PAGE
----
The San Jose, California-based company plans to use the funds to build a factory in Malaysia to produce more than 1,000 megawatts a year of the panel components, the company said in a statement. The unit, the company’s third in Malaysia, may start output in 2010, the company said in a statement in May.
“The loans within the agreement are divided into two tranches, and the weighted average interest rate applicable to the two tranches is competitive with the cost of borrowing under SunPower’s existing line of credit,” the statement said.
The loans can be drawn upon through 2010 and the principal is to be repaid in six quarterly payments starting in June 2015, it said.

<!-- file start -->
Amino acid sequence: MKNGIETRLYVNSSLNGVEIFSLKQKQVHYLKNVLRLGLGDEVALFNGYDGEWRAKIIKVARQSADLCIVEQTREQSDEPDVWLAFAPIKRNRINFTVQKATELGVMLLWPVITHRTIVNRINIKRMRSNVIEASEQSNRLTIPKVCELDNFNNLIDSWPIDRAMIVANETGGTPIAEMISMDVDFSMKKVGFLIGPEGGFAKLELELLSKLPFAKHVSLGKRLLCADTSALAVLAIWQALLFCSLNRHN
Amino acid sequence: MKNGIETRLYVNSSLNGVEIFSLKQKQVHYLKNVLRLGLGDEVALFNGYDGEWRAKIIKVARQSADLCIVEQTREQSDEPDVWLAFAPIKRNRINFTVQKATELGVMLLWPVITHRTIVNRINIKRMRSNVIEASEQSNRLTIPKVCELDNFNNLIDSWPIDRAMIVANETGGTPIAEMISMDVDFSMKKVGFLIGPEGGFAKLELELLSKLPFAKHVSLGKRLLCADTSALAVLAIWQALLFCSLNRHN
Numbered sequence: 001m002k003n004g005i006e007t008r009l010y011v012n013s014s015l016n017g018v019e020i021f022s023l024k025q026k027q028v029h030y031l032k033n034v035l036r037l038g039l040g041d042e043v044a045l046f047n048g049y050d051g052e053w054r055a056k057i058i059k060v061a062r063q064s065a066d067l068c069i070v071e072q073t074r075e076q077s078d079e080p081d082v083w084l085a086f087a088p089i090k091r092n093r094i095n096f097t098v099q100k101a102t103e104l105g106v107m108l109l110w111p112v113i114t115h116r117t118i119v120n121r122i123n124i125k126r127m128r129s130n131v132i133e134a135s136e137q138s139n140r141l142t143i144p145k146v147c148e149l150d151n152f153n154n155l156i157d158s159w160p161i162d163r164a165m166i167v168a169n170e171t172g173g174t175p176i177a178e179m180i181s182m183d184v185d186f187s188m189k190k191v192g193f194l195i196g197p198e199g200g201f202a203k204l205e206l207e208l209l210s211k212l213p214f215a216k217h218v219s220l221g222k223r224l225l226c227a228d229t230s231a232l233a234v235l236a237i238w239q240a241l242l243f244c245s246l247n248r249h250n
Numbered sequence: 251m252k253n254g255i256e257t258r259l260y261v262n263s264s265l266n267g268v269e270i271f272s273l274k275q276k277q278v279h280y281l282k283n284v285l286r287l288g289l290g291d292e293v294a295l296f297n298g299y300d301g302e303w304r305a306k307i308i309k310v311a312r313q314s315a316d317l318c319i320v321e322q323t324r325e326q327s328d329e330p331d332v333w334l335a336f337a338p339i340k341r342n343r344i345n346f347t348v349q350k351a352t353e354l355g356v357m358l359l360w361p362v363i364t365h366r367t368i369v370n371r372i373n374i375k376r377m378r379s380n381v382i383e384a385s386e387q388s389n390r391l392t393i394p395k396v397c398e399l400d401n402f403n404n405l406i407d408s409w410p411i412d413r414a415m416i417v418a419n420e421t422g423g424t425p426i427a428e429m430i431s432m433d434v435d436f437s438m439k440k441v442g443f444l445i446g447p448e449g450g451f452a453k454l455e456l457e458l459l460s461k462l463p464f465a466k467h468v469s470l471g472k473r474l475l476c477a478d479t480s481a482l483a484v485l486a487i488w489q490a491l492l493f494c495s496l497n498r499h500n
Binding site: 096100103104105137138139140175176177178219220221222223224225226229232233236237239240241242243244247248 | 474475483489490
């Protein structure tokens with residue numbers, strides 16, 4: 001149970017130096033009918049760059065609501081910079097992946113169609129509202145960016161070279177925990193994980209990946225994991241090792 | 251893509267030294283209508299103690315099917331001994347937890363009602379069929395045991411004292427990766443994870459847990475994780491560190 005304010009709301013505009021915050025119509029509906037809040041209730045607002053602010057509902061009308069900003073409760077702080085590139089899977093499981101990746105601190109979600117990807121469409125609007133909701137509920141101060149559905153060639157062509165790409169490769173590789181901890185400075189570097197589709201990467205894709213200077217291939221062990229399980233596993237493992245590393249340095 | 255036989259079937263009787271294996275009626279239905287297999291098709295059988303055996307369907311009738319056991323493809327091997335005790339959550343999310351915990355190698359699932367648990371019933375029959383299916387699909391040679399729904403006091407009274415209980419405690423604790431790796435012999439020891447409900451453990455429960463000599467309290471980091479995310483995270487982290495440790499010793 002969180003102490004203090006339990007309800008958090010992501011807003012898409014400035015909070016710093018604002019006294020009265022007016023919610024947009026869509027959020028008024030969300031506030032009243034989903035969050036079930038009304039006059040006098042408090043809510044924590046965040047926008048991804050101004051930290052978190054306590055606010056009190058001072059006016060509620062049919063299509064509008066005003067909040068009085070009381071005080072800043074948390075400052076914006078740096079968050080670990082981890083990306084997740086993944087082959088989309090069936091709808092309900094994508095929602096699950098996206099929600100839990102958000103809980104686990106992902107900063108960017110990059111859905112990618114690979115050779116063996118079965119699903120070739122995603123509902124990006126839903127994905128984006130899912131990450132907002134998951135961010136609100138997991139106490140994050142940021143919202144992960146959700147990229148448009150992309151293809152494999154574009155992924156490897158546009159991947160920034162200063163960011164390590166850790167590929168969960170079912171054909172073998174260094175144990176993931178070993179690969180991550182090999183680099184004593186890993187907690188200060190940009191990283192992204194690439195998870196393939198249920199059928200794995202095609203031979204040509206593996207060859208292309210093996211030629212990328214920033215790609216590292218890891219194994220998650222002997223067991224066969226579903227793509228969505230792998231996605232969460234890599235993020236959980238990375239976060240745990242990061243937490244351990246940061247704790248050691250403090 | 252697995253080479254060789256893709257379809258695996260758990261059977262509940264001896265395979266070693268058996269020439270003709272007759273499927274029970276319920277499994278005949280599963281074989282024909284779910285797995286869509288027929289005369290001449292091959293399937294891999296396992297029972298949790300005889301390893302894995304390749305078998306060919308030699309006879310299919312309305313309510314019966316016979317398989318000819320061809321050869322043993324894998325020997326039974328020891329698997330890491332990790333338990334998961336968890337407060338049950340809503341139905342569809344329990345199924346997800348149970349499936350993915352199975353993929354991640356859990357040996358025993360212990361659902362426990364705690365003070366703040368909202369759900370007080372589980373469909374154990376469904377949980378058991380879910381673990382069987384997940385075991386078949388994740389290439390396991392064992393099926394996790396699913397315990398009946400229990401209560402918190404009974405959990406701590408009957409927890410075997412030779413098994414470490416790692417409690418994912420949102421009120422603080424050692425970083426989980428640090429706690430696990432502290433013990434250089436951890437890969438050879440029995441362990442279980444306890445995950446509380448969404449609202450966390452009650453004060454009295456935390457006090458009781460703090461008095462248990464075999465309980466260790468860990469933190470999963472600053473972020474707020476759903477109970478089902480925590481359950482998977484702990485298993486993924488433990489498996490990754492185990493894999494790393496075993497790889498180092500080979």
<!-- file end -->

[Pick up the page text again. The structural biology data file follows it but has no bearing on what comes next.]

Some questions that need answers
Perhaps the Malaysian government can clarify why an FDI from the U.S. is entitled to RM1 billion of funding?
Typically, FDIs are given a slew of incentives such as pioneer status, tax and duty exemptions and waivers, cheaper land, cheaper electricity and water and the like.
It is unusual, to say the least, that a publicly-listed U.S. technology company is entitled to loans from the Malaysian government.
- RM1 billion is a lot of money to set aside. Where is the source of these funds?
- Was this part of the 2009 Budget?
- What are the terms of repayment?
- What is the interest charge?
- What is the collateral for the loan?
- Can the loan agreement be made public?
- How many Malaysians will be employed?
- Will there be any transfer of technology?
So many questions.
It would be good if the Malaysian government can issue a public clarification on this deal in light of the RM7 billion package, part of which comprises the RM5 billion Valuecap package which is to be borrowed from EPF.
Again, where is the source of funds for the ONE BILLION RINGGIT loan to SunPower?